The huge interest generated by The Archers domestic abuse story line has raised awareness that behind the closed doors of supposedly nice, middle class families, sexual violence may lurk, and it is not only a phenomenon of the disadvantaged and dispossessed. After putting the storyline into context, Professor Jennifer Brown takes a further look at the profiles of those who abuse and policy implications of dealing with the fall-out for health and criminal justice interventions.
When an art critic describes the mad moment of husband-stabbing in the opera Lucia di Lammermoor as ‘doing a Helen Archer’, does this herald a new dictionary entry? The ‘Helen Archer’ device was used as shorthand to describe the harassed Lucia’s knifing of her new bridegroom and to explain the psychological back story to the happenings in the opera; it represents the tipping point at which the abused turns on the abuser, when there is a reversal of roles in maltreatment and the victim takes the initiative. Thus we might define a Helen Archer moment as the decision point prior to retaking control under conditions of heighten emotional arousal and preceded by a prolonged period of domestic abuse. That action may be to leave, defend oneself and/or initiate a violent response.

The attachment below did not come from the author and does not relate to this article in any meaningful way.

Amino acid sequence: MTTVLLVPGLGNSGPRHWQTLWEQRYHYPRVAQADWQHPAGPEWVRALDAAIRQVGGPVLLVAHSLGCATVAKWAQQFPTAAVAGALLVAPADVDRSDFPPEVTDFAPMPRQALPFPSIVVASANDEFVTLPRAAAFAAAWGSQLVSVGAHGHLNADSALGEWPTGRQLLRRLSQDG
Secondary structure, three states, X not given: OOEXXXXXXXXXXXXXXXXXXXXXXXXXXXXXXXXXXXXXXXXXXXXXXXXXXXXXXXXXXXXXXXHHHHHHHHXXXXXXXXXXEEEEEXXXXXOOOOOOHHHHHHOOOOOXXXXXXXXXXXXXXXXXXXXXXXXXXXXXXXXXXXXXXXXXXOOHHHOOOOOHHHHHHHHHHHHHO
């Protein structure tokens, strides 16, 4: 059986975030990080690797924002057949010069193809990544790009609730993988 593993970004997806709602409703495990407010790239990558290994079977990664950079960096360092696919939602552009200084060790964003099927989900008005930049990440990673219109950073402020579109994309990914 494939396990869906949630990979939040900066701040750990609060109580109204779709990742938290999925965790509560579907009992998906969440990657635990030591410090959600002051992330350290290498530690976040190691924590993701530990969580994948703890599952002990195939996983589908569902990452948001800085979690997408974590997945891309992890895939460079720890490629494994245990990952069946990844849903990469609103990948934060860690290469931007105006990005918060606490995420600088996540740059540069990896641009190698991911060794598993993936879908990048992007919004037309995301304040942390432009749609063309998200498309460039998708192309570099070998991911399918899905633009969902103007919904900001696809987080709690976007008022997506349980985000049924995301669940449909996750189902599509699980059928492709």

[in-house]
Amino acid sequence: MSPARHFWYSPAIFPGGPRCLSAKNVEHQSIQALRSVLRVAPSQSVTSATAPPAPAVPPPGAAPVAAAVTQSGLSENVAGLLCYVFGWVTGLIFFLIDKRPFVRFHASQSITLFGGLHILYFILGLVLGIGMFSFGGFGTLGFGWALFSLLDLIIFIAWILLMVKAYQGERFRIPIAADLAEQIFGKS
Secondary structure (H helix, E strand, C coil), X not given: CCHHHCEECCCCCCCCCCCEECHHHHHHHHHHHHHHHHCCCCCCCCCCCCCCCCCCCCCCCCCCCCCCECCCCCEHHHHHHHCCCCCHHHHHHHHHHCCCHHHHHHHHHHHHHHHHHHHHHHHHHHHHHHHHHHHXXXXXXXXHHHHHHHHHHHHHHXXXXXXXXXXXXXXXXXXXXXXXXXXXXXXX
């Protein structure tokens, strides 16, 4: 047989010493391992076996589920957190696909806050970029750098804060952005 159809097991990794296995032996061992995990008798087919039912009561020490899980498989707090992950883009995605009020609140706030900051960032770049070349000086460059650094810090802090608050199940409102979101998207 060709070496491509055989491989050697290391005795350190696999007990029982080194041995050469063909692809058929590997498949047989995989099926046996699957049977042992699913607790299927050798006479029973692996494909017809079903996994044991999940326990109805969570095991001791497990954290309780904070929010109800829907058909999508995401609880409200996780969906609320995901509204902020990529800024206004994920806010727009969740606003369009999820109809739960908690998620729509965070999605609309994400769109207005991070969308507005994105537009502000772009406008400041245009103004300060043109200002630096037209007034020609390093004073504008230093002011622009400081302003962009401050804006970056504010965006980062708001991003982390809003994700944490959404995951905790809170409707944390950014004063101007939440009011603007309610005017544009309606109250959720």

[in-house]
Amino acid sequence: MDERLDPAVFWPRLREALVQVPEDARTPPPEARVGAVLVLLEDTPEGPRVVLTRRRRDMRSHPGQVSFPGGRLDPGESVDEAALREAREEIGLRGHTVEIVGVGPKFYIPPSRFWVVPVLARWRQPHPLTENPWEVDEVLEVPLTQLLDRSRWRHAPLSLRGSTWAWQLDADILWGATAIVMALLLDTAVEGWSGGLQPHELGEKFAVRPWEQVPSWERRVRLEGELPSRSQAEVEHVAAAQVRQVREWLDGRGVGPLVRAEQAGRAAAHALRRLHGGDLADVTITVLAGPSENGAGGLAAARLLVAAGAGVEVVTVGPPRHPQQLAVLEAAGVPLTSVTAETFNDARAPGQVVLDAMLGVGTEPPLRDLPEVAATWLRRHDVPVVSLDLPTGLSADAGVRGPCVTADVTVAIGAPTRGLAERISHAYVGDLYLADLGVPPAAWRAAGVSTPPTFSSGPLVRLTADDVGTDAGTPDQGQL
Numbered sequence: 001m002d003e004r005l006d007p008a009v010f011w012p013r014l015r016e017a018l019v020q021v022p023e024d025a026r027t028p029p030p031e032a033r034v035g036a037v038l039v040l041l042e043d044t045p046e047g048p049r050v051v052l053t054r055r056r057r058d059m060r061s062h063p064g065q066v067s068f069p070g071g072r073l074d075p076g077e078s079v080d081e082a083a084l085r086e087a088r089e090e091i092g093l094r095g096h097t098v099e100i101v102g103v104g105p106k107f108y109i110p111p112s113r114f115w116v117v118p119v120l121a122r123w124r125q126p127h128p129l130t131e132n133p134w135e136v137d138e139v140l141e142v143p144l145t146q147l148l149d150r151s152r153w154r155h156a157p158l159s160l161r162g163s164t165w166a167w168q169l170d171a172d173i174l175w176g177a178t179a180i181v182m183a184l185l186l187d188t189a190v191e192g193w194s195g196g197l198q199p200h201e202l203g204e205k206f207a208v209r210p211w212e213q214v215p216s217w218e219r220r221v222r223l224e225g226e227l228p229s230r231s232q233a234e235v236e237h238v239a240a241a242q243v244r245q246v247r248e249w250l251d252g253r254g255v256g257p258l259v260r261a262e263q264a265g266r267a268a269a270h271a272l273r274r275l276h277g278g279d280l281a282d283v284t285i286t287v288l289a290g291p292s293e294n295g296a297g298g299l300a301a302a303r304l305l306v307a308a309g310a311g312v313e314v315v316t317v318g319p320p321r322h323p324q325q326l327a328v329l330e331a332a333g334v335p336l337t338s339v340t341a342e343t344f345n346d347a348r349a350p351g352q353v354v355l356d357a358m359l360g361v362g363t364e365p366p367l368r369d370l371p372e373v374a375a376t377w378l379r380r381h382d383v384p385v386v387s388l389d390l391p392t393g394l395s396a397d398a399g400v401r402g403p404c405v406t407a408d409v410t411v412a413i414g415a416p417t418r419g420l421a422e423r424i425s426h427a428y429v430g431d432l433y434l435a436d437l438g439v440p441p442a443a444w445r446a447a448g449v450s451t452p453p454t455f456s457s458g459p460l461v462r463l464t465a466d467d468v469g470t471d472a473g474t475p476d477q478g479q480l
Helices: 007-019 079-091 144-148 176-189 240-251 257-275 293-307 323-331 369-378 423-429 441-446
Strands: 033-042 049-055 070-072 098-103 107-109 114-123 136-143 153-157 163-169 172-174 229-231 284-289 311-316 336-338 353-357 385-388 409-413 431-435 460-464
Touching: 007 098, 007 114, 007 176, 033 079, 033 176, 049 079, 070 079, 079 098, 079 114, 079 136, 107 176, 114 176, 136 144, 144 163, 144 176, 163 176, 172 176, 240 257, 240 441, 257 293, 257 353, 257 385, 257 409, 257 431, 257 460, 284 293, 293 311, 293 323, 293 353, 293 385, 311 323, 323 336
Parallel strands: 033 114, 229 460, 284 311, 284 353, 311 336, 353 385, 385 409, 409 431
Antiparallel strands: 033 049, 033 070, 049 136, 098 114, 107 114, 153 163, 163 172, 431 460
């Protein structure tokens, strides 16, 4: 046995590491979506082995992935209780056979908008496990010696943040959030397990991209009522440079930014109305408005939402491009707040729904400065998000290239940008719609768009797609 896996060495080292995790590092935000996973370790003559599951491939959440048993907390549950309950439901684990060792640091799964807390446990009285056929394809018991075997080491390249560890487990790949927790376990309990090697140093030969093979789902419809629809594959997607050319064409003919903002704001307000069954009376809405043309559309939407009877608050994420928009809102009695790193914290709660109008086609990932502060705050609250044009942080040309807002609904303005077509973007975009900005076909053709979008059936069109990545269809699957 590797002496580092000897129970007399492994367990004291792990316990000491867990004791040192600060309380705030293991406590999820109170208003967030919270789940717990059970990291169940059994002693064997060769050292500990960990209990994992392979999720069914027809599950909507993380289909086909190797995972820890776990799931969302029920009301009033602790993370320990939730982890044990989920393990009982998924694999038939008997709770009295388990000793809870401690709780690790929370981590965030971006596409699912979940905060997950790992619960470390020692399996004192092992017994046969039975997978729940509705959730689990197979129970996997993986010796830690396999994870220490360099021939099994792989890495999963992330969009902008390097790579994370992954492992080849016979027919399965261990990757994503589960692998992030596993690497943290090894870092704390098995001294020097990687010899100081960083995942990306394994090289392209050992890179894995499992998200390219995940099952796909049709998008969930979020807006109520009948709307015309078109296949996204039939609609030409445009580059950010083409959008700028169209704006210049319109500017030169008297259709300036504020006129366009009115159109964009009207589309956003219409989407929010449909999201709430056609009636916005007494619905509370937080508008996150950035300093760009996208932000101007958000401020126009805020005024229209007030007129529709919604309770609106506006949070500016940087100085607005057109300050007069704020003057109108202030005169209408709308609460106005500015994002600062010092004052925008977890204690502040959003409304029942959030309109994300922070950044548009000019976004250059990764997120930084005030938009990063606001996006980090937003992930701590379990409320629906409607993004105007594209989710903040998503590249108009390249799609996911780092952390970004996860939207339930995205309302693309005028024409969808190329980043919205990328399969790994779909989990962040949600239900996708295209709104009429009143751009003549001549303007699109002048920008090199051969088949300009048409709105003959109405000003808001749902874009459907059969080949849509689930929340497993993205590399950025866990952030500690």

In The Archers, Helen has suffered nearly two years of psychological abuse from husband Rob, she had possibly been raped and also hit. The storyline has her apparently stabbing him in front of her (and his adopted) son, Henry, possibly to protect him. Rob had become very angry when Helen announced that she was leaving. The psychological issues here are why do men abuse? What is the tipping point trigger and how does all this impact the key players in the drama i.e. Rob, Helen and Henry? The societal issues raised are how do we deal with domestic abuse and what does it all cost?
The psychology of the perpetrator
Determinants of psychological abuse have been associated with historic child-rearing factors such as exposure to violent or controlling behaviour in childhood, male dominance in family life, and acceptance of violent conflict in family relationships. These toxic backgrounds combined with difficulties in bonding with a carer when growing up are some of the antecedents of abusive relationships in adult life. Added into this mix are personality attributes, particularly narcissism.